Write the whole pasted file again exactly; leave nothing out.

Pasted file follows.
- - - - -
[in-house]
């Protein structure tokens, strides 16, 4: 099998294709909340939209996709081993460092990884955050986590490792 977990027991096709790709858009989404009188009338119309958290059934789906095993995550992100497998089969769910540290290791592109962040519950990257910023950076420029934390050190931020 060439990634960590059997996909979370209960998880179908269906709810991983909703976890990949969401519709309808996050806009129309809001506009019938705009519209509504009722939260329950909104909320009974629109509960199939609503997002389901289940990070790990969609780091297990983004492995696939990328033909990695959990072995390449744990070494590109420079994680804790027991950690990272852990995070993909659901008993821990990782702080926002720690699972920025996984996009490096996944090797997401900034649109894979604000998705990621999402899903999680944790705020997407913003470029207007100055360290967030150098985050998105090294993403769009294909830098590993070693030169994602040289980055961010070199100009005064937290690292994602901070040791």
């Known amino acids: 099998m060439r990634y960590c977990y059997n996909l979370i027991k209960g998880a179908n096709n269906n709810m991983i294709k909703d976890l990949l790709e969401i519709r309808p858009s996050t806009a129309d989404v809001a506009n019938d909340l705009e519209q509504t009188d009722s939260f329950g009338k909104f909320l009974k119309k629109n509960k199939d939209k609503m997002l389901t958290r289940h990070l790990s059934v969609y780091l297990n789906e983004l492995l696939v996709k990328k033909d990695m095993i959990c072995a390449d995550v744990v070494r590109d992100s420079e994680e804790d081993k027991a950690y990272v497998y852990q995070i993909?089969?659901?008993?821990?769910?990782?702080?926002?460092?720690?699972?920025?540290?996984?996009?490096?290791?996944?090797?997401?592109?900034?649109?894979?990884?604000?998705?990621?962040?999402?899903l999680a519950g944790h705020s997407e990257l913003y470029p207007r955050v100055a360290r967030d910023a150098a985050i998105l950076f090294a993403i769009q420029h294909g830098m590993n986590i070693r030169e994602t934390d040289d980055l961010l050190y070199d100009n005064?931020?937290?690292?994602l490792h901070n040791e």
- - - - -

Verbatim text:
[in-house]
């Protein structure tokens, strides 16, 4: 099998294709909340939209996709081993460092990884955050986590490792 977990027991096709790709858009989404009188009338119309958290059934789906095993995550992100497998089969769910540290290791592109962040519950990257910023950076420029934390050190931020 060439990634960590059997996909979370209960998880179908269906709810991983909703976890990949969401519709309808996050806009129309809001506009019938705009519209509504009722939260329950909104909320009974629109509960199939609503997002389901289940990070790990969609780091297990983004492995696939990328033909990695959990072995390449744990070494590109420079994680804790027991950690990272852990995070993909659901008993821990990782702080926002720690699972920025996984996009490096996944090797997401900034649109894979604000998705990621999402899903999680944790705020997407913003470029207007100055360290967030150098985050998105090294993403769009294909830098590993070693030169994602040289980055961010070199100009005064937290690292994602901070040791």
């Known amino acids: 099998m060439r990634y960590c977990y059997n996909l979370i027991k209960g998880a179908n096709n269906n709810m991983i294709k909703d976890l990949l790709e969401i519709r309808p858009s996050t806009a129309d989404v809001a506009n019938d909340l705009e519209q509504t009188d009722s939260f329950g009338k909104f909320l009974k119309k629109n509960k199939d939209k609503m997002l389901t958290r289940h990070l790990s059934v969609y780091l297990n789906e983004l492995l696939v996709k990328k033909d990695m095993i959990c072995a390449d995550v744990v070494r590109d992100s420079e994680e804790d081993k027991a950690y990272v497998y852990q995070i993909?089969?659901?008993?821990?769910?990782?702080?926002?460092?720690?699972?920025?540290?996984?996009?490096?290791?996944?090797?997401?592109?900034?649109?894979?990884?604000?998705?990621?962040?999402?899903l999680a519950g944790h705020s997407e990257l913003y470029p207007r955050v100055a360290r967030d910023a150098a985050i998105l950076f090294a993403i769009q420029h294909g830098m590993n986590i070693r030169e994602t934390d040289d980055l961010l050190y070199d100009n005064?931020?937290?690292?994602l490792h901070n040791e």